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Plans have been dropped for a proposed requirement that public companies disclose the number of contingent workers they use and how much they pay for the temporaries.
The Society for Human Resource Management included the requirement in a proposed standard, known as the “investor metrics standard.” SHRM was working with the American National Standards Institute (ANSI) in the hopes of improving the reporting on the value of human capital in financial statements such as 10-Ks.
The American Staffing Association, several publicly traded staffing firms and other businesses opposed the standard over the negative impact on the staffing industry. And the ASA played a key role in preventing the requirement from going into place.
In addition to contingents, the standard would have called for public companies to disclose many types of human resources data such as spend on all employees (including traditionally hired), voluntary turnover, total turnover and other data.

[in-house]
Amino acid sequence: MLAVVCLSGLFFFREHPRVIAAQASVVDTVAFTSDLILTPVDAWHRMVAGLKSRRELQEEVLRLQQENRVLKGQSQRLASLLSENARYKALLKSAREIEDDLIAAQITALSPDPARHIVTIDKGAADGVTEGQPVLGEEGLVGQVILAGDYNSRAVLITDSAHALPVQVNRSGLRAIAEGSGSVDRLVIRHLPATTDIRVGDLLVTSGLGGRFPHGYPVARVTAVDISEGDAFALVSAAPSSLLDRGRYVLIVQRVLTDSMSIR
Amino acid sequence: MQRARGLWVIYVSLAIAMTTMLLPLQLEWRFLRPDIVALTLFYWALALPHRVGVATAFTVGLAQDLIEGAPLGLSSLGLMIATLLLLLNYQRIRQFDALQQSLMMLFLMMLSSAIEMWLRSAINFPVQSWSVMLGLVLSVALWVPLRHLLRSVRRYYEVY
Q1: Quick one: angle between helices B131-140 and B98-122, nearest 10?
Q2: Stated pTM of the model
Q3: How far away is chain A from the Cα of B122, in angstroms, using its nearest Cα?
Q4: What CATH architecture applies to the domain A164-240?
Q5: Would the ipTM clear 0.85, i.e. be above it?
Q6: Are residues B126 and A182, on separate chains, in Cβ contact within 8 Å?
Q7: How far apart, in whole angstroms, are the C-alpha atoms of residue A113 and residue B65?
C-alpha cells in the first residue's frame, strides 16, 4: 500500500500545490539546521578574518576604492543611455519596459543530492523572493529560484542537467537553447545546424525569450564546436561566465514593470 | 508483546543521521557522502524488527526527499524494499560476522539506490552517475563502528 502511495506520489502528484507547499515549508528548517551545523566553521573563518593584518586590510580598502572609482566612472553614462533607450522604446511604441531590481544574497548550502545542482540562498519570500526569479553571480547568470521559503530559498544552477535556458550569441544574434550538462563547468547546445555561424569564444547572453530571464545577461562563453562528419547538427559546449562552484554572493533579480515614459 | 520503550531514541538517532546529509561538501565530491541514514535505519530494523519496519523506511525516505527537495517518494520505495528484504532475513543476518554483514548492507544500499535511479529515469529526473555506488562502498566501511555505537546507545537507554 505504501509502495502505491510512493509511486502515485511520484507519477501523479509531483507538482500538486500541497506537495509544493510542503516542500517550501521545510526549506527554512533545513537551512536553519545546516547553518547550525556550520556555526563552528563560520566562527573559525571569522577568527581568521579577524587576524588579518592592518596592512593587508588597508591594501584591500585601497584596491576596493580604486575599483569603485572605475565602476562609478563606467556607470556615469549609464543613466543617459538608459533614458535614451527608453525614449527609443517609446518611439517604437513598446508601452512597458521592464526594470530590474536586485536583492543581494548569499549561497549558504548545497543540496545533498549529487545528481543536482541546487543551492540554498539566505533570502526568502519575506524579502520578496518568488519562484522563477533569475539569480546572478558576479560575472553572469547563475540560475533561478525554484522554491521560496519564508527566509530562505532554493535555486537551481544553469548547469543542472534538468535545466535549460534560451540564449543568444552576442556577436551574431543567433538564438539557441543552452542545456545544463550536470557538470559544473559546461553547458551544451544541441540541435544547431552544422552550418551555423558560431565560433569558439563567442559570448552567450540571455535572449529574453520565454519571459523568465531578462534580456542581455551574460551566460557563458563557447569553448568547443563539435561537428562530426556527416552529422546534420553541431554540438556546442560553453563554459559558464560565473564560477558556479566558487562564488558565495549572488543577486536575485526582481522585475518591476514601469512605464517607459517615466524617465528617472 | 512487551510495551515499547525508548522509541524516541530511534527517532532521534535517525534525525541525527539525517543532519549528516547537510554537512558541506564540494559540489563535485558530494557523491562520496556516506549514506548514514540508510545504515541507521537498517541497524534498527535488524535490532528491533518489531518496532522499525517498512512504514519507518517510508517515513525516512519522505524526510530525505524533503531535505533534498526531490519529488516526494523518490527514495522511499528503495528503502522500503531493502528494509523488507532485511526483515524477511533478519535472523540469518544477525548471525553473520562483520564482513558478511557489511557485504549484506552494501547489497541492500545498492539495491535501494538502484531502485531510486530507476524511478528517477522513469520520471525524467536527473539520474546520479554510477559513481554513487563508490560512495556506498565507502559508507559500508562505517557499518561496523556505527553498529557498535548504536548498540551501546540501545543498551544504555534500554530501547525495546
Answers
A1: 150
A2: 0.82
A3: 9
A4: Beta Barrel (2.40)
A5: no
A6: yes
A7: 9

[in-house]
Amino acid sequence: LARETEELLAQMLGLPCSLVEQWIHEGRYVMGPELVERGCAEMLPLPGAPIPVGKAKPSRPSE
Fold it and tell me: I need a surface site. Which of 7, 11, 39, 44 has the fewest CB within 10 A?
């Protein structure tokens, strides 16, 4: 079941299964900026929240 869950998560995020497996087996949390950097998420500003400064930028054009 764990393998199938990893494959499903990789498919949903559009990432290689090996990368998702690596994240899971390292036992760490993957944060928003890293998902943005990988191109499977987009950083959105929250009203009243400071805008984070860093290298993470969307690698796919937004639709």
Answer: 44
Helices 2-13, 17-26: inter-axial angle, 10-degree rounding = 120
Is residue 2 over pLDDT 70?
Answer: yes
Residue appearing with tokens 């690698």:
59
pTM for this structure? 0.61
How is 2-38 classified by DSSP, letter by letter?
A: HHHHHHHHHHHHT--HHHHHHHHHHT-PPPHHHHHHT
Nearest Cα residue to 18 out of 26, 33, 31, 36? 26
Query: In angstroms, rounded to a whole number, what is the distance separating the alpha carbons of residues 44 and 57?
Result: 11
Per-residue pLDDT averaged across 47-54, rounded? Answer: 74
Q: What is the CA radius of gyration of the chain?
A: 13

The standard would have caused several difficulties for staffing buyers, according to Stephen Dwyer, general counsel of the ASA, including:
- Reducing workforce flexibility.
- Forcing firms to disclose proprietary staffing practices, trade secrets and confidential information that, at best, would be misleading to investors.
- Increasing the reporting burden on companies.
The investment community was not calling for such a standard, and it was not justified or warranted, Dwyer reported.
SHRM announced on Thursday that it withdrew the investor metrics standard from consideration by ANSI.